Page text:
• In FIG. 6B, an exemplary pillar 208, such as a window or windshield pillar, is shown that can be processed out of any one of the exemplary welded coil assemblies described above. Other automotive components that could be made from the above-described metal forming process include door panels and sun roof structures, to name but a few. Though the welded coil assemblies are well-suited for being fed into a progressive stamping apparatus, the welded coil assemblies could be cut or otherwise severed into distinct unconnected welded coil assembly units, as opposed to being cut at the final stage of the progressive stamping operation. FIGS. 7A-7F show several exemplary embodiments of an unconnected welded coil assembly unit that can be formed at an early stage of the progressive stamping operation and then subsequently progressively processed. The welded coil assembly units can subsequently be progressively processed, or they can be processed by another operation such as a transfer stamping operation where the units are moved from station-to-station by robotic arms, conveyors, or by other carrying equipment.
  • In FIG. 7A, a welded coil assembly unit 210 is cut from welded coil assembly 100 of FIG. 2 A; in FIG. 7B, a welded coil assembly unit 212 is cut from welded coil assembly 130 of FIG. 2B; and in FIG. 7C, a welded coil assembly unit 214 is cut from welded coil assembly 160 of FIG. 2C. In each of these cases, a single welded coil assembly unit can make two finished components or parts; however, this is not necessary. For example, it's possible for welded coil assembly unit 210 to be designed to make one final part, three parts, four parts, etc. In FIG. 7D, a welded coil assembly unit 216 has an I-shape and is cut from a welded coil assembly similar to that of FIG. 2A; likewise, in FIG. 7E, a welded coil assembly unit 218 has an O-shape, and in FIG. 7F, a welded coil assembly unit 220 has a U-shape.
  • It is to be understood that the foregoing description is not a definition of the invention itself, but is a description of one or more preferred exemplary embodiments of the invention. The invention is not limited to the particular embodiment(s) disclosed herein. Furthermore, the statements contained in the foregoing description relate to particular embodiments and are not to be construed as limitations on the scope of the invention or on the definition of terms used in the claims, except where a term or phrase is expressly defined above. Various other embodiments and various changes and modifications to the disclosed embodiment(s) will become apparent to those skilled in the art. All such other embodiments, changes, and modifications are intended to come within the scope of the appended claims.
  • As used in this specification and claims, the terms “for example”, “e.g.,” “for instance”, “like”, and “such as,” and the verbs “comprising,” “having,” “including,” and their other verb forms, when used in conjunction with a listing of one or more components or other items, are each to be construed as open-ended, meaning that that the listing is not to be considered as excluding other, additional components or items. Other terms are to be construed using their broadest reasonable meaning unless they are used in a context that requires a different interpretation.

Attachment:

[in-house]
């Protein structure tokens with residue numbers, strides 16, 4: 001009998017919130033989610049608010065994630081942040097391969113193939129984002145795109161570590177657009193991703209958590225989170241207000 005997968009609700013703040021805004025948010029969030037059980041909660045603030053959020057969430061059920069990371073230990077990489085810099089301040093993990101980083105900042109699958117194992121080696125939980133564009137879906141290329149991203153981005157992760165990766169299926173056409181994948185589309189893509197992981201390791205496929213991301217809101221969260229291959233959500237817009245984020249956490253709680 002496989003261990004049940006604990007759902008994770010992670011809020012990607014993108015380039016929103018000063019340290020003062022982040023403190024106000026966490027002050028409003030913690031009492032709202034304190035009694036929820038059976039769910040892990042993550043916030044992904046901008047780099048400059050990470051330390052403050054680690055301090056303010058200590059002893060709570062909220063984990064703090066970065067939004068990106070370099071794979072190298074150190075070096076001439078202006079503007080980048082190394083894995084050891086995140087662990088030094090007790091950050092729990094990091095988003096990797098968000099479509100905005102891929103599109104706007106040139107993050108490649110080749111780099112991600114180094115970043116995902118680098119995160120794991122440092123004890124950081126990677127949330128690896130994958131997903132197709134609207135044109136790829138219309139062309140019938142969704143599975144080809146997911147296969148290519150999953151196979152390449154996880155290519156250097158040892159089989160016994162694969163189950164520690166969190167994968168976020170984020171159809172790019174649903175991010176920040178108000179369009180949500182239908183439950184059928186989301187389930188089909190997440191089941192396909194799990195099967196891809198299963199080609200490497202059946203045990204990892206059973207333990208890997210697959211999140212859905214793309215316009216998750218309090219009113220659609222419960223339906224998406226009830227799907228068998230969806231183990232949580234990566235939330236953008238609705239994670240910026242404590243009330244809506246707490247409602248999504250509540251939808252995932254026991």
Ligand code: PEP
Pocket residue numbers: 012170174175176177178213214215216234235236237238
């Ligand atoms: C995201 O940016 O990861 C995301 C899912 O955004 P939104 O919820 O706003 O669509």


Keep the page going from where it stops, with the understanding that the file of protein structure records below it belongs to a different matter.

Claims (20)

1. A metal forming process, comprising the steps of:
(a) creating a plurality of individual metal blanks;
(b) welding the plurality of individual metal blanks to at least one sheet metal coil to form a welded coil assembly, wherein each of the individual metal blanks is welded at different locations along the length of the sheet metal coil; and
(c) forming a finished component by processing the welded coil assembly through a die apparatus.
2. The metal forming process of claim 1, wherein the plurality of individual metal blanks has a first thickness and the at least one sheet metal coil has a second thickness that is different than the first thickness.
3. The metal forming process of claim 1, wherein step (b) further comprises welding the plurality of individual metal blanks to a first sheet metal coil and a second sheet metal coil so that the plurality of individual metal blanks are located between the first and second sheet metal coils.
4. The metal forming process of claim 3, wherein step (b) further comprises forming a first discontinuous weld seam between the plurality of individual metal blanks and the first sheet metal coil and a second discontinuous weld seam between the plurality of blanks and the second sheet metal coil, wherein the first and second discontinuous weld seams each includes a plurality of distinct weld segments along the length of the first and second sheet metal coils, respectively.
5. The metal forming process of claim 1, wherein step (b) further comprises welding a first set of individual metal blanks and a second set of individual metal blanks to a sheet metal coil so that the first and second sets of individual metal blanks are located on opposite sides of the sheet metal coil.